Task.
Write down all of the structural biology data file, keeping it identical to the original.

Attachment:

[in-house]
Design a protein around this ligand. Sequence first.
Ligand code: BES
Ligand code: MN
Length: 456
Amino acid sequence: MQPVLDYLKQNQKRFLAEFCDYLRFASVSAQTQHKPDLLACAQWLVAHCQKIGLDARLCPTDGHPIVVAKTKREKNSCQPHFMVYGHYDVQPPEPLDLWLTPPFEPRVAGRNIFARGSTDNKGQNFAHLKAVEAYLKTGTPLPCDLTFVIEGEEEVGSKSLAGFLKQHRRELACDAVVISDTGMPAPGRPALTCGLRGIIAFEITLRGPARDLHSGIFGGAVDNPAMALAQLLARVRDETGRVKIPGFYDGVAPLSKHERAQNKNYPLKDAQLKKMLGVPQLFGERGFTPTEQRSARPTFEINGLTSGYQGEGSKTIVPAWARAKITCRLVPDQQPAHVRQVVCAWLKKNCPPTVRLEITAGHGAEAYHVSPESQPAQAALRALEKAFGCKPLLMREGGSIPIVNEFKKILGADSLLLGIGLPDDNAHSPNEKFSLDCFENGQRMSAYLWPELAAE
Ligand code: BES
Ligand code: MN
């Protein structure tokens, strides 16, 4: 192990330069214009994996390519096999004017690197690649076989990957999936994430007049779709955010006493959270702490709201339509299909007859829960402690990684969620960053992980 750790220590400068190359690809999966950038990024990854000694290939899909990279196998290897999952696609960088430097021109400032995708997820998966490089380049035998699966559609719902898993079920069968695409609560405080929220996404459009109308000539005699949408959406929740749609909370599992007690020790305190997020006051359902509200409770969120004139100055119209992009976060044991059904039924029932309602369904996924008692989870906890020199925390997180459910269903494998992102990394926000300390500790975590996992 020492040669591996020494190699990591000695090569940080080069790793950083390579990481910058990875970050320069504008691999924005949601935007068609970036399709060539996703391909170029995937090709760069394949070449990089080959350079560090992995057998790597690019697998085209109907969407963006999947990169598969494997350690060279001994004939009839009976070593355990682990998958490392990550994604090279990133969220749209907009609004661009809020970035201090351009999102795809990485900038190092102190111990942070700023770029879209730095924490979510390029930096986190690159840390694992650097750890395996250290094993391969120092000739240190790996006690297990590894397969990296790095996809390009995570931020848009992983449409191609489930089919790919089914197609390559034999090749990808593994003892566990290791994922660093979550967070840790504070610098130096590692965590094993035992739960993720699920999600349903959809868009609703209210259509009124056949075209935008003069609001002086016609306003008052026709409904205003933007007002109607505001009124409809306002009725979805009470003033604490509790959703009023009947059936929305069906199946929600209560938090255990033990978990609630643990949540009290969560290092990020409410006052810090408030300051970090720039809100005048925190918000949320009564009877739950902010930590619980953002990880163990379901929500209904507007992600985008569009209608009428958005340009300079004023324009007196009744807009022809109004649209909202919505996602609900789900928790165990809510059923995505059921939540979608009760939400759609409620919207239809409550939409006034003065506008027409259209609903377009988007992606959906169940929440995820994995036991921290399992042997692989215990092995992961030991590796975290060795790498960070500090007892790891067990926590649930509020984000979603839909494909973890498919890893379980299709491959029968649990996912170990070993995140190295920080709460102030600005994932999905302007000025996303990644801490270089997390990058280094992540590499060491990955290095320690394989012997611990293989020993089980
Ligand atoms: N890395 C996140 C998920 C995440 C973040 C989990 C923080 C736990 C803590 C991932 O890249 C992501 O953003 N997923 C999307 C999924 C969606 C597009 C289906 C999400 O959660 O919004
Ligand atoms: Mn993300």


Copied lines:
[in-house]
Design a protein around this ligand. Sequence first.
Ligand code: BES
Ligand code: MN
Length: 456
Amino acid sequence: MQPVLDYLKQNQKRFLAEFCDYLRFASVSAQTQHKPDLLACAQWLVAHCQKIGLDARLCPTDGHPIVVAKTKREKNSCQPHFMVYGHYDVQPPEPLDLWLTPPFEPRVAGRNIFARGSTDNKGQNFAHLKAVEAYLKTGTPLPCDLTFVIEGEEEVGSKSLAGFLKQHRRELACDAVVISDTGMPAPGRPALTCGLRGIIAFEITLRGPARDLHSGIFGGAVDNPAMALAQLLARVRDETGRVKIPGFYDGVAPLSKHERAQNKNYPLKDAQLKKMLGVPQLFGERGFTPTEQRSARPTFEINGLTSGYQGEGSKTIVPAWARAKITCRLVPDQQPAHVRQVVCAWLKKNCPPTVRLEITAGHGAEAYHVSPESQPAQAALRALEKAFGCKPLLMREGGSIPIVNEFKKILGADSLLLGIGLPDDNAHSPNEKFSLDCFENGQRMSAYLWPELAAE
Ligand code: BES
Ligand code: MN
């Protein structure tokens, strides 16, 4: 192990330069214009994996390519096999004017690197690649076989990957999936994430007049779709955010006493959270702490709201339509299909007859829960402690990684969620960053992980 750790220590400068190359690809999966950038990024990854000694290939899909990279196998290897999952696609960088430097021109400032995708997820998966490089380049035998699966559609719902898993079920069968695409609560405080929220996404459009109308000539005699949408959406929740749609909370599992007690020790305190997020006051359902509200409770969120004139100055119209992009976060044991059904039924029932309602369904996924008692989870906890020199925390997180459910269903494998992102990394926000300390500790975590996992 020492040669591996020494190699990591000695090569940080080069790793950083390579990481910058990875970050320069504008691999924005949601935007068609970036399709060539996703391909170029995937090709760069394949070449990089080959350079560090992995057998790597690019697998085209109907969407963006999947990169598969494997350690060279001994004939009839009976070593355990682990998958490392990550994604090279990133969220749209907009609004661009809020970035201090351009999102795809990485900038190092102190111990942070700023770029879209730095924490979510390029930096986190690159840390694992650097750890395996250290094993391969120092000739240190790996006690297990590894397969990296790095996809390009995570931020848009992983449409191609489930089919790919089914197609390559034999090749990808593994003892566990290791994922660093979550967070840790504070610098130096590692965590094993035992739960993720699920999600349903959809868009609703209210259509009124056949075209935008003069609001002086016609306003008052026709409904205003933007007002109607505001009124409809306002009725979805009470003033604490509790959703009023009947059936929305069906199946929600209560938090255990033990978990609630643990949540009290969560290092990020409410006052810090408030300051970090720039809100005048925190918000949320009564009877739950902010930590619980953002990880163990379901929500209904507007992600985008569009209608009428958005340009300079004023324009007196009744807009022809109004649209909202919505996602609900789900928790165990809510059923995505059921939540979608009760939400759609409620919207239809409550939409006034003065506008027409259209609903377009988007992606959906169940929440995820994995036991921290399992042997692989215990092995992961030991590796975290060795790498960070500090007892790891067990926590649930509020984000979603839909494909973890498919890893379980299709491959029968649990996912170990070993995140190295920080709460102030600005994932999905302007000025996303990644801490270089997390990058280094992540590499060491990955290095320690394989012997611990293989020993089980
Ligand atoms: N890395 C996140 C998920 C995440 C973040 C989990 C923080 C736990 C803590 C991932 O890249 C992501 O953003 N997923 C999307 C999924 C969606 C597009 C289906 C999400 O959660 O919004
Ligand atoms: Mn993300």